Pretty good experience but not ideal
|Oct 22||Public post|
A short retro on process (not content) at DevCon.
What I did: filled all empty space in my calendar with 1:1s. This was three and a half straight days of mostly back to back 30 minute meetings.
What was good:
Broad exposure to what people were thinking, doing, and feeling
Very high quality conversations compared to random group conversations around the conference
Had meaty conversations with a lot of people I wouldn’t have otherwise met
Lots of useful leads and conversations towards deals
What was tough:
Quality of life suffered (busy, exhausted, scatter-brained)
Missed out on potentially valuable “water-cooler” type conversations
Was not very flexible to do things ad-hoc
Value of doing this
There are two reasons to take this approach.
Efficiency: if you have 1:1s you want/ need to have with a group of people that are otherwise geographically separate but for a conference are all in the same place, scheduling them all together can save literal days of travel.
Pulse check: by meeting with a lot of people 1:1 (and critically people you wouldn’t otherwise have met with), you get a real feel of what’s going on overall, what everybody else is thinking/ feeling/ working on. While I tend to think it’s more useful to develop independent perspectives, checking in like this a few times a year is very useful. And something you cannot really get from just twitter.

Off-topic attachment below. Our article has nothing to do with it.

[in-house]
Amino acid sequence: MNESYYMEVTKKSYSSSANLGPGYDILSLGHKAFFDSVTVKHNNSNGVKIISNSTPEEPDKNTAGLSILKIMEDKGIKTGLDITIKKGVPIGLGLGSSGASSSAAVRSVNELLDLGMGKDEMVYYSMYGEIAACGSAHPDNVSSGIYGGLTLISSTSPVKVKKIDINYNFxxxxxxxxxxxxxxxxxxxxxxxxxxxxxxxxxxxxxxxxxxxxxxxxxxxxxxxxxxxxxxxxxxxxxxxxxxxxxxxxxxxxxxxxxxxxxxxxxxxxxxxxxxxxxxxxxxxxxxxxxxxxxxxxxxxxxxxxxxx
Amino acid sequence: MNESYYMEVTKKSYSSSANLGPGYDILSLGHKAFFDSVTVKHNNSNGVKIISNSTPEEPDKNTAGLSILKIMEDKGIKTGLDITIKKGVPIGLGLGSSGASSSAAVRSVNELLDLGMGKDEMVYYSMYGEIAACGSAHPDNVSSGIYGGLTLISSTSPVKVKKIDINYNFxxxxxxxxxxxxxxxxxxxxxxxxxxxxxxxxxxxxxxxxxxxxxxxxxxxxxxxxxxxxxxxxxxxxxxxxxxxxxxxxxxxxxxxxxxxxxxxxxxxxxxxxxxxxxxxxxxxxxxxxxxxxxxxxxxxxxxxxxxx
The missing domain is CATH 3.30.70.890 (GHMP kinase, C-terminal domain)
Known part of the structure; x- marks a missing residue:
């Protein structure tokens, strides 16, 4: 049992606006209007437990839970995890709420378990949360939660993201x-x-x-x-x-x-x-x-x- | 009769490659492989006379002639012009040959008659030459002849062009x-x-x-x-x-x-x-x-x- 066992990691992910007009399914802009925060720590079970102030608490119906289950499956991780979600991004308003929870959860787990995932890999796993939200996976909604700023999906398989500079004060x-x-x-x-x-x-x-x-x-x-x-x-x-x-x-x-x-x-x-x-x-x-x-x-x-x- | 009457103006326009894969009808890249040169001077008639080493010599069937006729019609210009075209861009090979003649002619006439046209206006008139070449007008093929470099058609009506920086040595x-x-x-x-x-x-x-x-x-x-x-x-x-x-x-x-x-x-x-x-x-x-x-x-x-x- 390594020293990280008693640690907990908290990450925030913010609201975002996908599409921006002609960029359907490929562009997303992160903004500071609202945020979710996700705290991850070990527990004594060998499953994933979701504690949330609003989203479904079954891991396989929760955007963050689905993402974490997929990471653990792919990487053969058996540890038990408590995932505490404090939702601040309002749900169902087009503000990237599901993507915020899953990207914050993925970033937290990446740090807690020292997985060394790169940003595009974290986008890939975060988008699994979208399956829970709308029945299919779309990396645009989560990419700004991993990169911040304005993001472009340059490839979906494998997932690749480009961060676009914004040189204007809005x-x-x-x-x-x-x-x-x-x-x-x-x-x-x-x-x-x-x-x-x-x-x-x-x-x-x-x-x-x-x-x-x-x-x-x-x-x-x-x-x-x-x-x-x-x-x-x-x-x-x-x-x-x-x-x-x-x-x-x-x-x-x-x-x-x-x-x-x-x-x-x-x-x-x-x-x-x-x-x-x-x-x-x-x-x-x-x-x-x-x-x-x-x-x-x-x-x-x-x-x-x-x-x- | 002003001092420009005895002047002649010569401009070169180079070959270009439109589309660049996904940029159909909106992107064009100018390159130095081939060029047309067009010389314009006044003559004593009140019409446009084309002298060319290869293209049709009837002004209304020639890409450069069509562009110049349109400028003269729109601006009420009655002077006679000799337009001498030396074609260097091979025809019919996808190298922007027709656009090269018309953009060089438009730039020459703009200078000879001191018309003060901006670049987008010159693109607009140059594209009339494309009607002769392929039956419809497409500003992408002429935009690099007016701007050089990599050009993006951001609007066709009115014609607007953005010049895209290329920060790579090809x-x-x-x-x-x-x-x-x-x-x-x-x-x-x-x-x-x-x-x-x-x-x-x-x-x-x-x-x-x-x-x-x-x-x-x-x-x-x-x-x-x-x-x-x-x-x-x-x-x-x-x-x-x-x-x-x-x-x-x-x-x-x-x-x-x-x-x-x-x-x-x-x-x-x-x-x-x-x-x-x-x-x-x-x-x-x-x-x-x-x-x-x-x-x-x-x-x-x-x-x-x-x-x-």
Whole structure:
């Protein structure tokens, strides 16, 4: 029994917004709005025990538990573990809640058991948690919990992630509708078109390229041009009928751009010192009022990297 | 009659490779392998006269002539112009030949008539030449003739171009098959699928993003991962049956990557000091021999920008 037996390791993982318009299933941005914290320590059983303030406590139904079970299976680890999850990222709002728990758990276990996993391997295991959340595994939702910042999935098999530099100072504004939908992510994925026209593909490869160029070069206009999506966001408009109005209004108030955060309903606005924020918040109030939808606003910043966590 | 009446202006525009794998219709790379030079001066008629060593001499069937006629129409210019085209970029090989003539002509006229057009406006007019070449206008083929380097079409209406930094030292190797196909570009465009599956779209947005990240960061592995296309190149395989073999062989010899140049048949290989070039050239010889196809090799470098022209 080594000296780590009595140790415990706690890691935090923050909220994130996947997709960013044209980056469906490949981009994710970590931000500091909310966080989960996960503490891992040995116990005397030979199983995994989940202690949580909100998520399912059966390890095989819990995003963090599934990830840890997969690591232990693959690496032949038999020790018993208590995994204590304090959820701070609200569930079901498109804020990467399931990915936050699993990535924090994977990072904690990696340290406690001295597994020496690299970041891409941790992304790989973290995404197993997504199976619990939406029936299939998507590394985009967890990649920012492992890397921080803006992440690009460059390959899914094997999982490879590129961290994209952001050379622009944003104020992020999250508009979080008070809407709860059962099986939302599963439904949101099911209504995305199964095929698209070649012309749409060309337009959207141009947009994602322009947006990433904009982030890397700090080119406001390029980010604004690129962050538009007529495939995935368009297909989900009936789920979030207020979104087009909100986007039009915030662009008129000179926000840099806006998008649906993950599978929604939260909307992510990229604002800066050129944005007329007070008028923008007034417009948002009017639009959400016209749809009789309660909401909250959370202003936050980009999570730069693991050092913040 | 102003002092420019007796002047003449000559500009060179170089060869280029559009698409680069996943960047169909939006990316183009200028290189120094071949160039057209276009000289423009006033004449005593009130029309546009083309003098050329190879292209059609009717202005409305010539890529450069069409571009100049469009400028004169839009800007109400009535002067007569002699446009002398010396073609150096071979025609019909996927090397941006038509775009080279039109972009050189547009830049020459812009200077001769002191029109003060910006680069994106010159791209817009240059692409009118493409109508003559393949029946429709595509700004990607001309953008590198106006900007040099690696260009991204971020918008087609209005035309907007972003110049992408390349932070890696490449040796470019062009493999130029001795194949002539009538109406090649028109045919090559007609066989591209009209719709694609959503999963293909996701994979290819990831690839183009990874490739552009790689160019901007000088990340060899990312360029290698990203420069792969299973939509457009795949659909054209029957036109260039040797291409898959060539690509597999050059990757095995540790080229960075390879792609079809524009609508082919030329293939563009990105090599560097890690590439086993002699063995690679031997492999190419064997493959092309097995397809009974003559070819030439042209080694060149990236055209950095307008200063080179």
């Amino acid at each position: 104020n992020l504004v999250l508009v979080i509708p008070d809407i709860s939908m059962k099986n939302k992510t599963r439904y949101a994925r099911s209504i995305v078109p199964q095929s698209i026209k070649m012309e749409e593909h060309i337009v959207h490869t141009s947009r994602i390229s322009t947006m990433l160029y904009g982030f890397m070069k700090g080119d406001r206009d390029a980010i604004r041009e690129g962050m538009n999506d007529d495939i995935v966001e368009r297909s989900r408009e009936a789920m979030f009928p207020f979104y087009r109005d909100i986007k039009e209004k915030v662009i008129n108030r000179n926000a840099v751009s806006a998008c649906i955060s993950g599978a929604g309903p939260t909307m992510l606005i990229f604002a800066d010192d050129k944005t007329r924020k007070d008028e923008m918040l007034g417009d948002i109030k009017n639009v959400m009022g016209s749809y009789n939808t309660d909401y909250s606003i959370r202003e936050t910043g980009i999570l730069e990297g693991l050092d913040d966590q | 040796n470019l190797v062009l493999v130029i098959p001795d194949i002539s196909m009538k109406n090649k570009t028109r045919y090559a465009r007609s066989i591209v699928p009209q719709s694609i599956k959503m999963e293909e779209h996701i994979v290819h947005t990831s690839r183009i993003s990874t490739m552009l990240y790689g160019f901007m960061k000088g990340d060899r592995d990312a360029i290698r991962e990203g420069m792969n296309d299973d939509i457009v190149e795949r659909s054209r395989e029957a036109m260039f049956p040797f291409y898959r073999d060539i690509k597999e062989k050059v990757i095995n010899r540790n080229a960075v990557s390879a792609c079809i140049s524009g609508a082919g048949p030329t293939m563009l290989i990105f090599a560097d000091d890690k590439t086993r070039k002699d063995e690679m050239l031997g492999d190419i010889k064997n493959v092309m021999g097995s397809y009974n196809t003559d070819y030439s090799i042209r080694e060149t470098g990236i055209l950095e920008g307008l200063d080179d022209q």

Cost of doing this
Besides what I mentioned about, the main cost was not seeing talks and more importantly not getting to participate or observe whiteboard sessions. In general, I like to skip talks and watch the recordings later. But working sessions with experts (ideally with whiteboards) are rare and being present to ask questions or contribute are in my experience the best experiences available at conferences. I missed all of them at DevCon and I consider that the greatest cost of this experiment.
I’ll probably keep doing this but not every conference. And probably not every day of the conference. Which means I’ll probably shorten meetings from 30m to 15m unless there’s a clear agenda. And I’ll make room for more white-boarding sessions.
And as always if you want to connect please don’t hesitate to reach out. I’ll be at San Francisco Blockchain week for at least Monday and Tuesday (the 28th and 29th). For work email@example.com and for everything else respond here or hmu on twitter.